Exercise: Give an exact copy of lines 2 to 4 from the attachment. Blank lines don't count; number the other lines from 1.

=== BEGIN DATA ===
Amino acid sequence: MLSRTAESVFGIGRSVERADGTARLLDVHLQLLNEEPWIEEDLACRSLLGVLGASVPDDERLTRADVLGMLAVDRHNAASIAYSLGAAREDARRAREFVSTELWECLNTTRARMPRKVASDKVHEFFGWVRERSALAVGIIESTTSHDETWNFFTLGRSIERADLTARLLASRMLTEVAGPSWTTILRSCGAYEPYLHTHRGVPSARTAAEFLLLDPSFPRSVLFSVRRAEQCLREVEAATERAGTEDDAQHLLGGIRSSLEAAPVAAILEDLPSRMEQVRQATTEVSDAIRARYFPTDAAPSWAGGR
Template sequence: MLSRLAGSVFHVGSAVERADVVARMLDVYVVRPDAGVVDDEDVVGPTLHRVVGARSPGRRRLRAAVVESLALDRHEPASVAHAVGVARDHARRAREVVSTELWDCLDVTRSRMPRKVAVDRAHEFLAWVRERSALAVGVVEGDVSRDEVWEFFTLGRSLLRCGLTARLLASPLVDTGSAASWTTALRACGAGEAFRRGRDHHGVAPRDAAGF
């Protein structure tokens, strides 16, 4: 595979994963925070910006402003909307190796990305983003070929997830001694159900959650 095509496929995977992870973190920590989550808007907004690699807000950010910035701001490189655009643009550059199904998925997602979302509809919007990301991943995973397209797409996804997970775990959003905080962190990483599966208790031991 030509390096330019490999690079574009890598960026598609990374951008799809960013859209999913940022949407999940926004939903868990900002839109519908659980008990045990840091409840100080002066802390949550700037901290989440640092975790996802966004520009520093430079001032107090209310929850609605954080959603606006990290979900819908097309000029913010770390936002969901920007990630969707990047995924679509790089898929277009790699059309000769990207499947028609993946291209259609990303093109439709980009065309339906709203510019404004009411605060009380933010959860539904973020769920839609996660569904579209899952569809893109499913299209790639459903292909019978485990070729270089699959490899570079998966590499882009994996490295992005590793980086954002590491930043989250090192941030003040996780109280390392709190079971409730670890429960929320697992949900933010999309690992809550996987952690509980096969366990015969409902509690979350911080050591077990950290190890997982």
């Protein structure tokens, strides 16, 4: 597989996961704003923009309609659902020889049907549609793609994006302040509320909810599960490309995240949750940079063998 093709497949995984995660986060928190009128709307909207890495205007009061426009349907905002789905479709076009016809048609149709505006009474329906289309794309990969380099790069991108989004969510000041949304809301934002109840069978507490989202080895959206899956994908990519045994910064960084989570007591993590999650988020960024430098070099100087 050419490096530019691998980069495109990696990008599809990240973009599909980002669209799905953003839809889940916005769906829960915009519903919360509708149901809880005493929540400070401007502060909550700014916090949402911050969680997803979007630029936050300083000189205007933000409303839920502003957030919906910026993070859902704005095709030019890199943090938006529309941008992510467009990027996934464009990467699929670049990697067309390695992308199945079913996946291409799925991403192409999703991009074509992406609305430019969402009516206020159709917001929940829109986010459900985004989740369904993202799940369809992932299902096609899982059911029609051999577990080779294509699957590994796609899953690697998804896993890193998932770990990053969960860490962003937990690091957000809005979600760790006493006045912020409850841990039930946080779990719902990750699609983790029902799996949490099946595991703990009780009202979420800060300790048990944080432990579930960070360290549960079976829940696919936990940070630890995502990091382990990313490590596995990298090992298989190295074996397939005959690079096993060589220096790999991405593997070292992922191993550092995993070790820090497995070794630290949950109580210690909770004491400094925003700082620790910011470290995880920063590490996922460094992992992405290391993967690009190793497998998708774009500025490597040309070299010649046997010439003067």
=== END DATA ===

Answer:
Template sequence: MLSRLAGSVFHVGSAVERADVVARMLDVYVVRPDAGVVDDEDVVGPTLHRVVGARSPGRRRLRAAVVESLALDRHEPASVAHAVGVARDHARRAREVVSTELWDCLDVTRSRMPRKVAVDRAHEFLAWVRERSALAVGVVEGDVSRDEVWEFFTLGRSLLRCGLTARLLASPLVDTGSAASWTTALRACGAGEAFRRGRDHHGVAPRDAAGF
């Protein structure tokens, strides 16, 4: 595979994963925070910006402003909307190796990305983003070929997830001694159900959650 095509496929995977992870973190920590989550808007907004690699807000950010910035701001490189655009643009550059199904998925997602979302509809919007990301991943995973397209797409996804997970775990959003905080962190990483599966208790031991 030509390096330019490999690079574009890598960026598609990374951008799809960013859209999913940022949407999940926004939903868990900002839109519908659980008990045990840091409840100080002066802390949550700037901290989440640092975790996802966004520009520093430079001032107090209310929850609605954080959603606006990290979900819908097309000029913010770390936002969901920007990630969707990047995924679509790089898929277009790699059309000769990207499947028609993946291209259609990303093109439709980009065309339906709203510019404004009411605060009380933010959860539904973020769920839609996660569904579209899952569809893109499913299209790639459903292909019978485990070729270089699959490899570079998966590499882009994996490295992005590793980086954002590491930043989250090192941030003040996780109280390392709190079971409730670890429960929320697992949900933010999309690992809550996987952690509980096969366990015969409902509690979350911080050591077990950290190890997982």
């Protein structure tokens, strides 16, 4: 597989996961704003923009309609659902020889049907549609793609994006302040509320909810599960490309995240949750940079063998 093709497949995984995660986060928190009128709307909207890495205007009061426009349907905002789905479709076009016809048609149709505006009474329906289309794309990969380099790069991108989004969510000041949304809301934002109840069978507490989202080895959206899956994908990519045994910064960084989570007591993590999650988020960024430098070099100087 050419490096530019691998980069495109990696990008599809990240973009599909980002669209799905953003839809889940916005769906829960915009519903919360509708149901809880005493929540400070401007502060909550700014916090949402911050969680997803979007630029936050300083000189205007933000409303839920502003957030919906910026993070859902704005095709030019890199943090938006529309941008992510467009990027996934464009990467699929670049990697067309390695992308199945079913996946291409799925991403192409999703991009074509992406609305430019969402009516206020159709917001929940829109986010459900985004989740369904993202799940369809992932299902096609899982059911029609051999577990080779294509699957590994796609899953690697998804896993890193998932770990990053969960860490962003937990690091957000809005979600760790006493006045912020409850841990039930946080779990719902990750699609983790029902799996949490099946595991703990009780009202979420800060300790048990944080432990579930960070360290549960079976829940696919936990940070630890995502990091382990990313490590596995990298090992298989190295074996397939005959690079096993060589220096790999991405593997070292992922191993550092995993070790820090497995070794630290949950109580210690909770004491400094925003700082620790910011470290995880920063590490996922460094992992992405290391993967690009190793497998998708774009500025490597040309070299010649046997010439003067």